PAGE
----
Alton Evening Telegraph from Alton, Illinois on July 6, 1960 · Page 1
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Alton Evening Telegraph from Alton, Illinois · Page 1

Alton, Illinois
Issue Date:
Wednesday, July 6, 1960
Page 1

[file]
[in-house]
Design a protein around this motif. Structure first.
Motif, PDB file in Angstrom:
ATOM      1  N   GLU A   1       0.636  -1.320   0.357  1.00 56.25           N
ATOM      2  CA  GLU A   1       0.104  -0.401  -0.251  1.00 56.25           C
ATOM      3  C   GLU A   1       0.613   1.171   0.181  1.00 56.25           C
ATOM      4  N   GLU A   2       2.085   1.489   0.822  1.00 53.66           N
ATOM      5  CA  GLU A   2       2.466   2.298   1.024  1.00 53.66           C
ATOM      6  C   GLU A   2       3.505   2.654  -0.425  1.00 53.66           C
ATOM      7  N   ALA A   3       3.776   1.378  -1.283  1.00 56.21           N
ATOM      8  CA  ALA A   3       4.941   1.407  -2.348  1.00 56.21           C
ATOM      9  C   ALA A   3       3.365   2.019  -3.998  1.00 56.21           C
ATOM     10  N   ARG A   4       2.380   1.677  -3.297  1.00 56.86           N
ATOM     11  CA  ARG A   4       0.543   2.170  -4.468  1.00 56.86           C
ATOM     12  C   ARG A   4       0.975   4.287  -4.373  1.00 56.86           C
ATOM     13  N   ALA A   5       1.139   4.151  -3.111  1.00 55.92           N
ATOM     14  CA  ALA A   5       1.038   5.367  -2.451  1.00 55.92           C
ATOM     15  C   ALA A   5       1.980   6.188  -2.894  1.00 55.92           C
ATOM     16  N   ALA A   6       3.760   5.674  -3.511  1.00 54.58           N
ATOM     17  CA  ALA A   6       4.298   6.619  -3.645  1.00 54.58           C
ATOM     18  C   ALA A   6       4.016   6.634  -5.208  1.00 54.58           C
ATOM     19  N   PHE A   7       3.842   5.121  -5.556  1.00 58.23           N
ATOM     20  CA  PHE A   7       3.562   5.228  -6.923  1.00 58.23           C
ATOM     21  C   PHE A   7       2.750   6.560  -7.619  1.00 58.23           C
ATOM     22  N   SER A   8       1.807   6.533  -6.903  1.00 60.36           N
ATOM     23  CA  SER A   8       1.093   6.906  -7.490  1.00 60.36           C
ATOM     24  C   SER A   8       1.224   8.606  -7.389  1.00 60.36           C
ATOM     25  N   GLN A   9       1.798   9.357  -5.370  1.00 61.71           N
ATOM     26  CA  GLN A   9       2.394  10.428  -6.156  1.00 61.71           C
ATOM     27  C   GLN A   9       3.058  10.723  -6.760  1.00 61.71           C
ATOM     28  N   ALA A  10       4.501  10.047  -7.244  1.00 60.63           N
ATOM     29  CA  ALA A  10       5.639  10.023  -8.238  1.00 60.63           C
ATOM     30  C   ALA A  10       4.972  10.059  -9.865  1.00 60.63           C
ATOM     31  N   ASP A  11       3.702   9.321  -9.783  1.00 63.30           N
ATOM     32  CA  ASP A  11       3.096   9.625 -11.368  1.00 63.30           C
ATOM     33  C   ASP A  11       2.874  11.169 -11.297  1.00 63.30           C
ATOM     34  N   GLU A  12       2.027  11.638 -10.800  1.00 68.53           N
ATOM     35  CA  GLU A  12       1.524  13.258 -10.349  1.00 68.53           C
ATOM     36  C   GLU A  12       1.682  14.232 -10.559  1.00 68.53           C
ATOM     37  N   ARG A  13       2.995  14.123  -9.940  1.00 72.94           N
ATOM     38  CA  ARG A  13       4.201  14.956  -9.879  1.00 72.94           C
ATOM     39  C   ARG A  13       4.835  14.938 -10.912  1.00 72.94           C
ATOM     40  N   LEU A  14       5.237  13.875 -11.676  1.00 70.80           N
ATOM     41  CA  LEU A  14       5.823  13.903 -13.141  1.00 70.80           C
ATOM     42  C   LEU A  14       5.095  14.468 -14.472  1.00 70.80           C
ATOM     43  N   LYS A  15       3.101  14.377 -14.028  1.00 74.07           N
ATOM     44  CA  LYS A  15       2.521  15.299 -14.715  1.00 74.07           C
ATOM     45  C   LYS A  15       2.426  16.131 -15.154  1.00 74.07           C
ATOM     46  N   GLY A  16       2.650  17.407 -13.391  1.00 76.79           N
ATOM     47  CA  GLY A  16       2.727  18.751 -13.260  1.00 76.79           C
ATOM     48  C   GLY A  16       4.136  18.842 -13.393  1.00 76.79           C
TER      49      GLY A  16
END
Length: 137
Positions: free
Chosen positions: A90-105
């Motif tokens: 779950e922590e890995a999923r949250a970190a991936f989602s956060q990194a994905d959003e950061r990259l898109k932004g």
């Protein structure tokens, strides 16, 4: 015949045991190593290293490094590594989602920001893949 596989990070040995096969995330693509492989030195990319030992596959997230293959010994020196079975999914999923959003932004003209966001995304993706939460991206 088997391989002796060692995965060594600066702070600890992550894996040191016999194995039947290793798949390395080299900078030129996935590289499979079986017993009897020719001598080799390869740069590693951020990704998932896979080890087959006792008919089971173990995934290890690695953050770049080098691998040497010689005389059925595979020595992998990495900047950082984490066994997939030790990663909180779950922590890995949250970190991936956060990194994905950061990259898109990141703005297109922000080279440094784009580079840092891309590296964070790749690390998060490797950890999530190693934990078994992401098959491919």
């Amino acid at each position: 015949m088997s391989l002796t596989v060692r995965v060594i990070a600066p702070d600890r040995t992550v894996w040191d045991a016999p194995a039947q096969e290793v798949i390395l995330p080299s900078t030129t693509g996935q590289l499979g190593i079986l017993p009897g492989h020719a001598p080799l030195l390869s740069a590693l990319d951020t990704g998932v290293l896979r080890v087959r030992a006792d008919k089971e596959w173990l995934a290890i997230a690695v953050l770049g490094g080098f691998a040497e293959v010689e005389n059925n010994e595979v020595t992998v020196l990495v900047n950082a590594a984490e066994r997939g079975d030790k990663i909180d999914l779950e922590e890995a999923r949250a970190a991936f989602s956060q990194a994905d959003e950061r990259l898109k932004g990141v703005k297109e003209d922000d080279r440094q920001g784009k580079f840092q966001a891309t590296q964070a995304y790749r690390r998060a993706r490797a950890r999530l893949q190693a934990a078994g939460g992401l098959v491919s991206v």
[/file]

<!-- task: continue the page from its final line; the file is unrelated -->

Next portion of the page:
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ALTON EVENING TELEGRAPH Serving the Alton Community for More Than 124 Years SUNNY THURSDAY: High 82. Low 63. Weather. P»te J.) Established January 15, 1836. Vol. CXXV, No. 147 ALTON, ILL., WEDNESDAY, JULY 6, 1060. 26 PAGES 5c Per Copy Member of The Associated Prww Housing-Boar d Okays Plans for 100 Units Laborite Be van Dies Alton Housing Authority Tuesday night approved plans tor the 100-unit housing project to be started this tall on the Threde tract west of Upper Belle street. Three members of the AHA were present for the session in the Authority's office In the First National Bank Bldg. Other action included authorizing advertising for bids on the T-tnn Permit« T^IAP TJi !**>*> i an> deputy leader tf Britaln ' s La " M WU tVlBUllS LAJBV M iliW jbor party and one of the great «i n 1 • n/§ «*• t iselfmade men of British public ToesEachmMower Mishaps ill?c dled «*• »<• *<*«• President Says U. S. Arms Strength Not Deteriorating C^^ C^ Two persons lout thtee toes when she was attempting to Bevan underwent a major ab- 1 dominal operation last Dec. 29 In! housing project ~ with dates ofj { h ' t i- .« «l . each In two of three power mow- start the mower and her foot! a London hospital and had been' nr accidents Tuesday. .dipped wnflned ln h)s n , ra , homf> fiincc former Wllllnm Clayton. 56. of Mead- Mrs. Wilbert advertising to be determined today — and payment of a tltlrd installment on the architect's fee. Architect for the project, who will furnish a half-dozen copies of plans and Fpccfficaffoini next week, in Lee Potter Smith & Associates of Paducuh, Ky. Local representative of the firm is William Flippo. The latter -is to supervise the construction, assisted by four part-time aides. Lee Potter Smith was present Tuesday night to receive a check for $19,126.36, representing 40 per cent of the total fee for the planning phase of the project. The housing project will | include beside the 100 dwelling i units, a main building for main-i tenance and management of the I site. The AHA tentatively selected Aug. 4 for opening bids at the Alton City Hall. The initial date for advertising for bids was not Sanders, and 'ass schools, severed three toes of one foot in a power mower accident at her St. Louis home. Alton friends learned today. Her mother, Mrs. Elizabeth Scott, 1218 Deneen St., went to her bedside at a St. Louis hospital, collapsed and was herself admitted to the hospital, it was said today at the Scott home. Mi*. Sanders' accident occurred, a member of the family said owb^k Memorial n patient n Hospital where he *° '"»»««' **• "• Although the nature of his ail- Says Sub Base inCuba Unlikely* was admitted Tuesday night fol- 1 mcnl has not been disclosed offici- lowing a mower accident at his I ally it was generally believed to| WASHINGTON (AP) — Presi- home, in which he lost three I have been cancer. toes pff his left foot. The other mower mishap occurred to Ellis Peter«. 46, of 5387 Humbert Rd., who lost the tip of the middle finger of hiisi right hand. He was treated at; Alton Memorial Hospital and released. With Bevan at the end was his wife, Jennie Lee, a prominent Labor party figure herself and a member of Parliament. dent Eisenhower said the United States will act as it sees fit—if East End Group Deplores Bumps The McAdams Highway and its bumps took its lumps day night at thc East End Improvement Association's meeting. So did thc proposal for a 5 per cent city tax on public utilities receipts. The East Enders — their attendance reduced by summer activity and a preceding stag ^, /_ aevetti ^ eu voi ^ ^ bve date for awaitling the con-, m ^ m{ p mposed recently to the City Council. announced pending clearance with the Public Housing Author-, ity office in Chicago. Aug. 18; has been selected as the tenta-i tracts to low bidders. Present at the meeting were: Paul Rothacher. head of the and! AHA; Joseph Brewer, George Fischer. Also attending were the AHA attorney, Theodore Diaz; Dutp Braner, executive director of the AHA; Lee Potter Smith and his associate, Richard Beach. The Authority approved an As for the river road, the sec- agreement with Wenzlich & Co., St. Louis, and is to pay $300 for appraisal of -the Quran tract, the site on Elm street where the AHA bad considered establishing a 50-untt housing site for elderly persons. Currently the elderly housing project is pending at an undetermined location. The appraisal contract includes provision of $100 per day if appearance of the firm's representatives i« necessary in court during condemnation proceedings. A proposal by Union Electric Co. on turnlshing gas and electricity to the 100-unit project was referred to Architect Potter. Referred to Attorney Diax. was on authorization to prepare legal forms and documentation for thc Authority to requisition $10,000 ol an available $33,642 from tion of it within the city was characterized as a "disgrace to Alton" because of thc condition into which It has fallen. Ray Bury. Russell Miller Milling Co. district sales manager, led thc criticism of the road's condition not only at present but in the past. Street Department Bony He acceeded to the protest, of W. I. Godwin that the city couldn't be expected to do anything about the road right now, with its whole streets department busy clearing up storm damage. Godwin also reminded that this year the city bad been Housing, Home & Finance Agen- j^ awaiting receipt of material for the road. It arrived just about the time last week's storm struck. Godwin pointed out that in the last three years since the state had assumed responsibility for the entire project within the city, expectation of quick action by thc highway division ui paving the section had caused the city to hold up any long-range maintenance. Bus Report Submitted To Council A special meeting of me Alton City Council will be held at party spokesman said 1 died peacefully at 1:1 at his 'home west of London. Bevan, a fighting Socialist with a fiery tongue, stirred up revolt 7 p.m. report Krupp, Thursday to consider a submitted president by of Roy E. Citizens Coach Co. In a letter prepared for presentation to the City Council, Krupp has added details to a previous announcement of plans for curtailed bus service in Al ton. With a" reduction in service and a rise in fares, Krupp said the company, could expect an upturn in revenue and a lessening of operating costs. In his five-page report to Mayor P. W. Day and members of the City Council, Krupp stated that the company could operate i until Sept. 30, 1960, "if the results reasonably approach the expected increase in revenue and reduction in operating expenses ... If not, the service <-y for Urbaif Renewal here. In Urban Renewal phases meanlime of J of , „.,, ... . , . « . : difficulties had held up state ac- jti, ' ion. the Alton Authority's activities, plans are aimed at clearing East End Place. The $33,642 in ... u federal funds advanced will be f a . aly «*° have to drive down people coming into an AU-Amer- will have to be discontinued.' Krupp cited statistics to show that the buses traveled 161,000 miles in the first five months of this year, with .379 of'a cent average revenue per mile. Operating expenses were totaled at '$71,800 and the average cost per ,i milc computed at .446 of a cent Youvc got[__ which loft a 10BS of <ow of a and controversy within his own Labor party for years and delighted hi tweaking Uncle Sam's nose. He was the party's spokesman on foreign affaire, and had Labor won the last election he would have been foreign secretary. In recent years, however, he underwent a subtle change as the loyal No. 2 man to the moderate, r>rty leader Hugh Gaitskell. When the party went down to defeat again in last October's elections he ignored the opportunity again to lead a militant revolt of the leftwingers for a thorough overhauling of the party's (leadership and policies. When he went to the hospital for an abdominal operation last December, there were expressions of regret and exclamations of "good old Nye" hi some of London's most conservative clubs where the very mention of his name once brought apoplectic rages. The nickname "Nye" was from his first name, pronounced "A-nye'-rin" with the accent on the second syllable. His absence from the political arena brought home to friends and foes alike that be had brought more drama and color to the scene than any man since Sir Winston Churchill's prime. The bouncing Welshman never retracted his advocacy of complete socialism for Britain, including nationalization of industry. But apparently out of loyalty to the party, he decided not to wrack it by leading a revolt against more moderate leadership that decided these views were passe. Born Nov. 13, 1897, one of a tamily of 14, Bevan never forgot tiis years in the Welsh coal mines. He quit school at 13 to work in the pits that molded his political views. necessary—to protect its interests if Russia establishes a submarine base in Cuba. He said, however, he does not {regard the setting up of a Soviet "! submarine base us a likelihood, but sucli a thing is a possibility. Eisenhower was asked at his news conference whether he agrees with a statement by Sen. Lyndon B. Johnson (D-Tex) that the United States might look for the establishment of such a base. The President said he was not going to make any guesses about such a possibility. Such things are always possible in this world, he said, but he doesn't see much likelihoud. As to what the United States might do in such an event, Eisenhower drew attention to the Ca-j racas resolution for mutual de-' fense of thc Western Hemisphere,! ANSWERS QUESTION WASHINGTON — President Eisenhower anstvers and to the machinery of the Or-| a question today at his press conference. It was his in almost two months. (AP Accuses Khrushchev of Interfering in Election By MARVIN L. ARROUSMITH WASHINGTON (AP)—President Eisenhower today rejected New York Gov. Nelson A. Rockefeller's contention thai America's military strength has deteriorated. • / At a news conference, Ihe President also acre-used Soviet Premier Nikita S. Khrushchev of very crude attempts to interfere in this country's presidential campaign. Eisenhower voiced confidence that neither Democrats nor the Republicans will find the Kremlin leader's advice of any value. he estimated for the fiscal year which started July 1 is now realized. Prospects for a surplus of that size have been dashed, the President said, by the failure of Congress to meet his request for higher taxes on gasoline and for an increase in postal rates. As for Rockefeller, Eisenhower] He also mentioned the 700-mil- ganization of American States. Eisenhower said the OAS would no doubt come into play but that in its own interest this country might have to act as it saw fit. Eisenhower said he did not! want to talk at the moment in de- j tail about what U.S. policy might j be in view of the Fidel Castro! government's new law for expropriation of American property! He said the new sugar bill, giving him authority to cut the Cuban quota, reached his desk along with reports and studies by the appropriate departments only a few minutes before the news conference. He. said he thought something would be said on this subject either later today or Thursday. Eisenhower said this country is trying hard to have the Cubans understand that there is no quarrel between the people of this country and them but that the difficulties are caused only by what first press conference Wirephoto) Castro Authorized To Seize Property By ROBERT BERRELLEZ HAVANA (Jft —Fidel Castro's Cabinet today authorized him to expropriate all American property in Cuba and pay for it only if the United States buys more—not less—Cuban sugar at premium prices. The new seizure decree, drafted by the Cabinet at a session lasting beyond midnight, authorized President Osvaldo Dorticos or me prime minister to take $>ver any property owned by U.S. companies or citizens in Cuba "when It said the American owners would be paid in 2-per cent, 30- year Cuban government bonds backed by a special fund. But the fund is to come from 25 per cent of the dollars paid for sugar sales deemed necessary in the national to the United States in excess of interest." The law also provides for ex-; was reminded that the Republican governor has been critical of the administration in the economic as well as military fields, and has contended that U.S. military strength has declined while Russia's has increased. The President commented that since 1953 he has sent eight budgets to Congress. Five, he said, were cut by Congress and three increased—in each case in election years. Military Six-nil ing j The President said that by and large the Democratic • controlled Congresses have agreed with his Republican administration on military spending. It is true, Eisenhower went on, that some' individuals get deeply concerned about our defense position, and some get worried. As lor Rockefeller, he is entitled to his opinions and has a right to express them. Eisenhower added that he doesn't think such views will wreck the Republican party. The President then said Rockefeller's views are his own—and they are not Eisenhower's. In this news conference, his first in eight weeks, Eisenhower dealt also with these other matters: CUBA—The President indicated he would act later in the day or lion-dollar cost of the new federal pay increase—put into effect over his veto—as another factor which will reduce the surplus the administration had forecast in January. Thursday on a bill giving bun discretion to reduce shipments of 3 million tons a year and at a (Cuban sugar to the United States. *(l«UiU^*> UJ. E. V*dUBf^U UlUjr U V Wild), * ***- *V" u«uw frt. w» lu^-w *v»*- v~• . . „ he called the inexplicable actions propriation of companies in which j pnce ot J 4 cents a P 0 "' 10 or j He gave no indication of wheth- , , j er he would cut Cuban quotas im;U.S. citizens may have "interesti moie - 'mediately after signing the bill The discussion came up as Ei-ior participation." An example is'. Cuba s sugar quota this year is; Budcet Surolus re- 3,100,000 tons, and sugar industry! „„-.,,"•. " , • •* ie *• BUDGET—Eisenhower declared it will be a miracle if the four-billion-dollar budget surplus which of their government. senhower was reported prepared the British-Dutch Shell Oil to slash U.S. sugar imports from finery whose operation — along Cuba which have paid big premi-jwit 1 ' the U.S. Esso and Texaco urns to Cuban growers. i refineries — was taken over by sources in Washington expect Eisenhower to cut it perhaps 700,000 tons. That would puti Administration sources said Ej-ithe government last week. {American purchases 600,000 tons! applied to planning and survey of the site just east, of Owens- Illinois plant on East Broadway. Urban Renewal is linked, however, with local public housing plans, since dwellings must cent per mile. that pot-holed road. There's nothing as disgraceful as that road in any kind of town." Reports wore given by Charles Horn and Charles Buck on pro-! gress being made in getting mov- i Revenue months of as compared with the five-month t total for this year, $61,007.31. for the first five 1959 was $66,563.50 be made available for persons ['"S 'platforms built for papier relocated from the substandard (.macjic masques and figures areas. :nmde for the Halloween. parade George Fischer was re-desig-1 by school children, nated contracting office of the Bury 'and Echols Huff, local AHA for the 100-unit Threde (insurance representative", led the tract project, i discussion on the utility-tax. the larger of the two pend-j . B ury urged that ' "this tax seems to be like a tax on in- TODAY'S CHUCKLE Marriage is a good deal like bath water. Not so hot once you get used to it. (45 1960. General Features Corp.) ARE YOU A NO COUNT? Are you sure you were co-unted in the 1960 Census? If you think you weren't, call either the Greater Alton Association of Commerce or the Alton City Manager. senhower was prepared to act on j The Cabinet fold the expropria- 1 below the figure at which the grounds that Cuba no longer has i tion was authorized because of fil ' sl dollar would go into theme needed dependability as a '"the constantly aggressive atti- 'compensation fund. sugar supplier that she had be- Itude" of the U.S. government and I'l-oiniiiin Trie*- ing housing projects — the 100- unjt project — will involve extensive grading and revision of the site prior to the construction of buildings. Architect Smith said the entire job, .including all construction is to be finished hi 365 calendar days. Rained-Out Concerts ReaclteduledThi&Week Power failure because of the Thursday morning storm canceled both park concerts by the Alton Municipal Band, so the organization will play the program announced for last week Thursday and Sunday evenings. George Loveless, manager of the band, reminded that lights were all out in the bandstands of the two paries — Riverview and Rock Spring — last Thursday and Sunday nights respectively. Miss Madeleine Oavey, vocalist, will be the soloist with the band. Both concerts start at 8 p.m. dustiy. If we want to .get the guy who doesn't pay taxes otherwise, then we're just going after the man who pays heavier Start Workon $130,000 t at St. Anthony's fore Prime Minister Fidel Castro took over. This avoids the implication that cutting Cuba's sugar quota is hitting back at the anti-American Castro regime. Eisenhower has pledged against "U.S. reprisal" —which might not look good to sensitive Latin American repub- particularly the authority given 'i'iic dmvo also put a super-1 President Eisenhower by Congress premium price on Cuban sugar' to reduce Cuba's sugar sales to; be i°i'e Ihe American owners can the United States. ^ repaid. The United States has Sugar Hurchanw, , been paying about 5>/3 cents a Underlining the retaliatory na-jP° und - or about a 'a ce « ts above ture of the action, the decree j'he world market price, pinned compensation for the! The decree specified that ex- seized property directly to Amer-1 propriation edicts could not be ap- ican sugar purchases. pealed. Tests on Bridge Deck Incomplete Missouri Highway Department laboratory technicians at Jefferson City have not yet completed core tests of concrete taken from a cracked section of the Clark response opposed to the application of this j to a Telegraph query this mom- law." iing. Wgrk estimated to cost about Ida* AbMird Huff added that "the idea that it would reduce the property tax is aSsurd." The utilities tax led to a discussion of St. Louis retail com. petition with Alton. One member observed that, 47 foot section of St. Anthony's Hospital at 2120 Contra! Are., nurses' stations and a medicine room. Other work to be done includes air conditioning of the section of has begun, a hospital spokes-j the original building which is at man said today. ' ...... "There are moro people who will drive to St. Louis to get what they,want than will drive there to save money." He. pointed oqt that the national average for firms to pay employes for automobile mileage is eight cents — which meant a trip of 25 mile» to St. Louis would run at least $2. ~ "The attitude of the merchant is important. If they'll accommodate you, they'll get the bus* bless." East End traffic problems Imide Muttts OWTUABV PAOJS « fAtiis *» ?ACiK IT PACK: IT TV COiOfll C PAQfi *l PAW 91 f AtiC W were among other items discussed. Pedestrians musing Broadway at Ridgt were labelled as a specially urgent difficulty. The traffic committee was aaked to take these matters up with the city again, in hopes that a traffic survey now being made here by the bUtte would show tUuy- were more worthy of attention than before. J. J. Wuellner £ Son Construction Co. Tuesday • applied for a city building permit for the re pair and alteration work to the hospital. The work on a portion of the original main building south of the 1027 fireproof wing is pail of the enlargement and improvement plan. The newly built hospital section to the west is now in use. Work will consist of placing new floors in tills old section and improving the walls now existing there. In this section to be redone will he three patient rooms (double rooms) on each of thc three flours, These nine rooms will join the new hospital .section which is on the west. The rooms will conform In style and design to the new hospital section. They will be completely air-conditioned and fireproofed- Also in this section will be U restrooms, a snack bar and two serving rooms; three linen storage rooms; two general storage rooms; two Sister's rooms; a laundry room; kicker room; is- Ration food servtee room and two used as the partment. According to Fred Wuellner, the Job will mean removal of most of the Interior construction in the 35-foot section. The outside wall to the front will be removed and replaced. Heating and air-conditioning work is slated for completion before full so that hospital operations will be uninterrupted. The new 'air-conditioning system for this section will be installed in conjunction with the present heating plant, Wuellner said. "We hope to have the balance of the job enclosed and plaster- Ing work completed by fall and the time cold weather sets In," Wuellner said. "This is a difficult and time-consuming project since all the wrecking must be done by hand in order to mini- dust and noise. This type of project IK more difficult than starting from scratch and constructing a new building." At the completion of the work this section will be completely fireproof. This will make fireproof all sectlonu of the institution used to* hospital purposes. lies. ... Congress cleared the way for —~ It also contained what appeared | bridge deck. action before adjourning last A /~« ; to be a retroactive clause stat-; Roy M. Rucker, Missouri dis- weekend when, at Eisenhower's | insistence, it stayed late to pass a new sugar bill giving him power to reduce the Cuban quota. Sugar industry informants expected the President to sign the) new bill and at the same time I proclaim a cut of perhaps 700,000 , tons. i This would practically ^end I further Cuban sugar shipments to the United States this year, since Cuba has already shipped all but about 740,000 tons of her I960 U.S quota of more than three million tons. The Agriculture Departmeni Tuesday halted further shipments . —^ -« ***- « * wt» VTU.WI.* , *, **ki*t«uv- t»M*i.- l\\JJf IVi, l\UL.fXiri , i.V4.Jf>£»UUl J U4O" \ t*£fcfl ^ifll*ll'l l ing " lat " unnu " ecl a " legal district highway engineer, confirm- zjLI t>Ct OMJ1 111 i positions and regulations that are ed this information in response Described as Hurricane of Cuban sugar to this country until Eisenhower acts. Cutting Cuba's quota would be the most severe U.S. action yet against the left-wing Castro gnv I eminent. So far Washington has limited itself mainly to diplomatic protests and public pronouncements against Castro's anti-American activities—only to see vanu swing closer to Moscow. Under the U.S. sugar buying system, Cuban growers get premium of about 2',3 cents pound on the sugar they sell to this country. In past years, this has meant a subsidy of about 150 million dollars annually to Cuba. Cuba's quota by could cost Cuban Trimming J.OOO tons growers 33 million dollars in lost U.S. subsides. Their loss would be even greater U they are unable to sell their produce elsewhere. DATA AT THE DAM 8 a.m temperature today aU'. Kiver stage bolow Preclpltutloo Ye*t«rday's High 81°. lot ,am 24 brs. to 8 a.m. None. Dr. Edward M. Brooks, St. Louis? University meteorologist, has described the storm that crippled Alton last Thursday as being similar to a hurricane. Dr. Brooks surveyed storm damage in the area to deter-i mine if the weather disturbance! was a tornado. He agreed with George Bruncato; chief o{ the St. Louis Weather Bureau, that a tornado hit Beltrees, apparently. | The decree gave no indication of the next target for seizure but I the Cuban Electric Co. is assumed lo be high on the list. Half of its 300-million-dollar valuation 1 is American held, and it is the largest single American holding in (Cuba. He said the concrete core| samples are .still at the laboratory and, when analysis is completed, he will release information on plans lo rectify whatever factors may be causing the bridge deck to develop iongitudin- ECONOMY—So for as he knows, Eisenhower said, the fact that steel production is at about 50 per cent of capacity provides the only grounds for predictions by some economists tha,t the countey is headed for a new recession. Actually, Eisenhower said, M per cent of capacity today is comparable to 75 per cent a few years ago because of the big increase in production facilities. Steel Production Eisenhower said the rate of steel production immediately after the strike settlement early this year was nothing short of astonishing. As for the general economic; situation, Eisenhower said that during April, May and June this year the output of all goods and services was at the rate of 503 billipn dollars a year, marketf ' also that erap was up by one million in May. CAMPAIGN ~ Eisenhower said that at present his only plans for participation in the presidential and congressional election campaigns are a speech at the GOP National Convention in Chicago the evening of July 26, and a breakfast there the next morning. But in making that statement 10 did no rule out possible additional activity in the fall, PRESIDENTIAL AGE — Asked for his views regarding the age of presidents, a question already figuring in this year's pro-convention campaigns, Eisenhower noted i with a smile that if he serves out .his current second term he will | become the oldest president-in-ol ifice in history. Nearing 70 He will pss that nu'lestone next Oct. 3—outstripping Andrew Jackson. 1 Eisenhower will be 70 Oct. 14. Eisenhower recalled that while president he has suffered three serious illnesses. He said :he doesn't feel that those illnesses have been any decisive factor in his handling of his job! Chuckling a bit, he went on to say that sometimes he may doubt his own intellectual judgment but he never doubts his own heart- that is, his determination to do thc right tiling. NUCLEAR TESTS—Despite difficulties in reaching agreement with Russia, the President said, thc United States and Britain should continue to make every ei ol small cracks. The tornadic force at Beltrees, west of Alton, was described as a development within the larger storm that brought damage to the much-greater area of Alton and suburbs. The general storm compares to a hurricane, with characteristics of winds hi excess of 75 miles per hour that prevailed Democrats Thhik Home Issues Will Be Vital By OVID A. MAKTIN LOS ANGELES (AP) - Domestic "bread and butter" issues may overshadow foreign affairs in the coming campaign, a number of Democratic platform drafters predicted today. A canvass of resolutions committee members indicated a majority (eel the voters would be intensely interested in issues relating to: Medical care for the aged, farm | the task of writing a party campaign document for presentation to the presidential nominating! fort to come to some understand. I ing regarding a ban on nuclear weapons tests. NEW PRESiDENT-Eisenhow- er pledged that his successor in the White House will have his full cooperation in the transition ftnm one administration to the other. The new man, Eisenhower said, will find him ready and willing to discuss all problems facing the nation. over a, period some 45 minutes aid, housing, aid to education and ilong u path more than three i economically depressed areas, miles wide. ; employment and other pocketbook Tile storni-within-u-storni at proposals. Beltrees compares to u tornado, This was true, must uyived, which is much smaller than a lun'rlcune in area and does not last for more than a tew seconds, usually, at one locution. Dr. Hrooks estimated that winds up to 100 miles per hour came with the general storm. Hurricane force is T5 mph. The storm originated in Iowa and caused damage in Clarks- vilie, Mo. and Qulncy, lil., also. despite public attention paid recently to the U2 plane incident, the collapse of the summit conference, the withdrawal of President Eisenhower'ii invitation to visit Japan and an intensification of the cold war. The committee is meeting in advance of the convention to weigh the DTOS sues peii and cons of various is- lore coming to grips with Further INTERNATIONAL CONFER"It is difficult to dramatize KNCES—Despite collapse of the conclave nexj week. foreign issues," said Curl Rice, i Mu >' summit conference and oth- volt-ran Kansas Democratic lead-j er r °a d blocks thrown up by the er. Communists he said, the United But from Maine's Alton A. Us- States always stands ready to sard came the view that voters! conduct further talks, so long as there are more concerned about I they are on a basis ol honexty. how the man in the White House Among subjects for such talks, handles critical foreign relations, he specifically mentioned disar- Both Rice and Lessard are!moment and suspension of nu members of the resolutions group, i clear tests. Generally, committeemen Irani! As for his own place in history Inland areas stressed donu-stic' in the liyht of the failure of UV issues more than did their soa- summit conference- and board colleagues. tiun of his visit to Japan—Eiseu Agues Geelan, a North Dakota {hower said it will be up to UV committee member said the form issue is tops in her part of the country. She cited apparent victory o/ Democrat Quentui Burdk'K historiiuis to rate hint among th* presidents. FARM-AS for whether election of a Democrat in North Dakota's in a special senatorial race in that [ special senatorial akctioo means state last week—a victory many | to him that new (arm poUciva an Democrats credit to farmer dissatisfaction with Eisatower administration farm polwps. needed. Eisenhower replied he sees no need (or a •uerai rwv sion of such policy, 1